Diabetic Retinopathy: Symptoms, Stages, and Complications

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Diabetic retinopathy symptoms range from none (early in the disease) to vision changes, including trouble reading and difficulty seeing far away. As the disease progresses, other symptoms like blurred vision, dark floating spots, and streaks that look like cobwebs can occur.

These symptoms typically affect both eyes and can come and go. The most severe symptom—vision loss and blindness—is the most frequent cause of new cases of blindness among adults ages 20–74.

When diabetic retinopathy causes other eye conditions, such as glaucoma, you may start to lose your peripheral vision. It is estimated that two in five people with diabetes have some form of diabetic retinopathy.

The good news is that you can prevent, manage, and treat diabetic retinopathy with early detection and adequate blood sugar control.

Older person uses smartphone but appears to have vision difficulties

Pornpak Khunatorn / iStock / Getty Images

Frequent Symptoms and Stages of Retinopathy

There are four stages of diabetic retinopathy: mild nonproliferative diabetic retinopathy (NPDR), moderate NPDR, severe NPDR, and proliferative diabetic retinopathy (PDR).

The progression of retinopathy appears to depend on several factors, including retinopathy stage at baseline diagnosis, duration of diabetes, diabetes control, and blood pressure. Other factors commonly associated with the disease include nephropathy (kidney disease) and dyslipidemia.

Many clinical trials have demonstrated a clear relationship between high blood sugar and retinopathy. In fact, studies have found that a 10% reduction in hemoglobin A1C (three-month average of blood sugar) can reduce the risk of retinopathy by 43%.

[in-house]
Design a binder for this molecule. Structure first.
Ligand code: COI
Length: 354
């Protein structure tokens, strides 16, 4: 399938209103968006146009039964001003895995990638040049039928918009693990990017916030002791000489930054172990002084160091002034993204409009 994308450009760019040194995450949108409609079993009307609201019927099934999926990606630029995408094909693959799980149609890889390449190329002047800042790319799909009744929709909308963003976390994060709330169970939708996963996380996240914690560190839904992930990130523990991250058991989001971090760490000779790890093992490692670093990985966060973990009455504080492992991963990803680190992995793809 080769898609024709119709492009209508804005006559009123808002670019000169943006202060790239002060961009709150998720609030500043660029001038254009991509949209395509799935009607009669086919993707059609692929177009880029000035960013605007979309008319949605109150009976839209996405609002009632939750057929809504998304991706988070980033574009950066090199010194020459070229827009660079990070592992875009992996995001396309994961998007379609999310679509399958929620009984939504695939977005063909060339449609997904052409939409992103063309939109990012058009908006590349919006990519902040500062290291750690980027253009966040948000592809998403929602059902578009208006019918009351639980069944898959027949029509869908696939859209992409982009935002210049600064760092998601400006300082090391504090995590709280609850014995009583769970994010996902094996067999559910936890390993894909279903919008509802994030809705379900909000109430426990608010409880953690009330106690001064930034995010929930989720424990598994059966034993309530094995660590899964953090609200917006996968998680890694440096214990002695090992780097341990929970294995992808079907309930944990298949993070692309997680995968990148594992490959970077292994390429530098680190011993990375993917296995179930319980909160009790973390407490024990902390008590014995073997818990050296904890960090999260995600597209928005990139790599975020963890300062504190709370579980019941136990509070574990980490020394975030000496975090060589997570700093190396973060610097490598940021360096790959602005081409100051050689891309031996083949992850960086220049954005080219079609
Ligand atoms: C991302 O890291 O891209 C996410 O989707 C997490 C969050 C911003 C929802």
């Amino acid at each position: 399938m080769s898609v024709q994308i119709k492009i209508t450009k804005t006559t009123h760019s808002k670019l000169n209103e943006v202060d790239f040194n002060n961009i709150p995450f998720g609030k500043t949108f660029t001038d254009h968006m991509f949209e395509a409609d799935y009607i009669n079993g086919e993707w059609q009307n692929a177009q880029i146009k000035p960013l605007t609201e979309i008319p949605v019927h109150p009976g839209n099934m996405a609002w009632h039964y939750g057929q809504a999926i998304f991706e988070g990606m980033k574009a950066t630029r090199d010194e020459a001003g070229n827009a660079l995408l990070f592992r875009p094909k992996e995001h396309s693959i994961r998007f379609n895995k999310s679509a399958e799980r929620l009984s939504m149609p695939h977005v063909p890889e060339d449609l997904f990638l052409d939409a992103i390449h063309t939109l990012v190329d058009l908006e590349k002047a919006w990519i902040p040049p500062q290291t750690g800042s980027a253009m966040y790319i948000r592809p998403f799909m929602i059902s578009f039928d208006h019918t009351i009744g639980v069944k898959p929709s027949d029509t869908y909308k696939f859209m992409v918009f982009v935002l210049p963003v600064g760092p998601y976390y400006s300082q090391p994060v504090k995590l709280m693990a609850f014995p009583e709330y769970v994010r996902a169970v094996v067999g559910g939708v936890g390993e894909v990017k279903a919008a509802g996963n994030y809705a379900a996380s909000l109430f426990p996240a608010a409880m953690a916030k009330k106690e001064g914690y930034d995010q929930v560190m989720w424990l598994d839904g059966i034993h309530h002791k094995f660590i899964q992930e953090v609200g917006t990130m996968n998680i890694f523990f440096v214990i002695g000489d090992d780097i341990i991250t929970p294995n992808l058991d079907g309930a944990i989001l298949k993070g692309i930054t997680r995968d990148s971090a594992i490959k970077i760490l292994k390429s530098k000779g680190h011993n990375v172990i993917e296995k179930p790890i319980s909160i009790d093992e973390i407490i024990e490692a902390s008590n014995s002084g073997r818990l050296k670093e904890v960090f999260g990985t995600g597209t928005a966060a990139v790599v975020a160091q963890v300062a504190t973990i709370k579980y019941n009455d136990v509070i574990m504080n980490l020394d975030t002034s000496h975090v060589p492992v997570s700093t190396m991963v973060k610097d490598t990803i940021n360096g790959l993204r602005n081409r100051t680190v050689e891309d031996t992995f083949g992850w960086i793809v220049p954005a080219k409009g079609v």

Mild Nonproliferative Diabetic Retinopathy

This is the first stage of diabetic retinopathy. In this stage, a person may experience no symptoms at all. During this time, small areas of balloon-like swelling (microaneurysms) develop on the tiny vessels in the retina. The microaneurysms may leak fluid into the retina. In addition, hard exudates (fat deposits) are often noted.

While you may not have any symptoms, eye disease can begin before symptoms do. The American Diabetes Association recommends:

  • All people newly diagnosed with type 2 diabetes should receive an eye exam shortly after diagnosis and every year thereafter.
  • People with type 1 diabetes should receive a dilated eye exam within five years of diagnosis and every year after that.

Moderate Nonproliferative Diabetic Retinopathy

As the disease progresses, more vessels that nourish and support the retina can become weak and blocked. They may also begin to swell and become distorted in size.

The vessels can lose their ability to transport blood, which can result in swelling of the macula and contribute to diabetic macular edema. This can distort clear vision.

As the condition progresses into the later stages, you may experience:

  • Fluctuating vision—focus that goes in and out
  • Impaired color vision
  • Blurry vision
  • Dark floating spots
  • Difficulty seeing at night
  • Streaks that look like cobwebs

Severe Nonproliferative Diabetic Retinopathy

In this stage, even more blood vessels become blocked, which further disrupts blood supply to areas in the retina, such as the macula. The body compensates for this disruption by secreting growth factors that signal the retina to grow new blood vessels.

Proliferative Diabetic Retinopathy

This is the most advanced stage of retinopathy. PDR occurs when the growth factors trigger the proliferation of new blood vessels. They grow along the inside surface of the retina and into the vitreous gel, the fluid that fills the eye. These vessels are weak and do not work efficiently, making them more likely to leak and bleed.

If scar tissue develops, the retina can become detached from the eye, which can lead to permanent vision loss. Damage to retinal neurons and chronic inflammation can also contribute to vision loss.

Rare Symptoms

Advancements in screening, early detection, tight glycemic control, and specialized treatments have helped to reduce the severity of diabetic retinopathy. Prevention and delay of onset and progression of diabetic retinopathy have been demonstrated with intensive diabetes management.

But rare and severe symptoms are still possible, especially for those people with proliferative diabetic retinopathy and diabetic macular edema.

Retinal Detachment

The growth of new blood vessels can cause scar tissue to develop in the retina. When the scar tissue shrinks, it can distort the retina and pull it out of place.

If a small portion of your retina is detached, you may not have symptoms. However, if a larger portion is detached, you may experience an increase in floaters, flashes of light, or a dark shadow or “curtain” in the middle or sides of your eyes.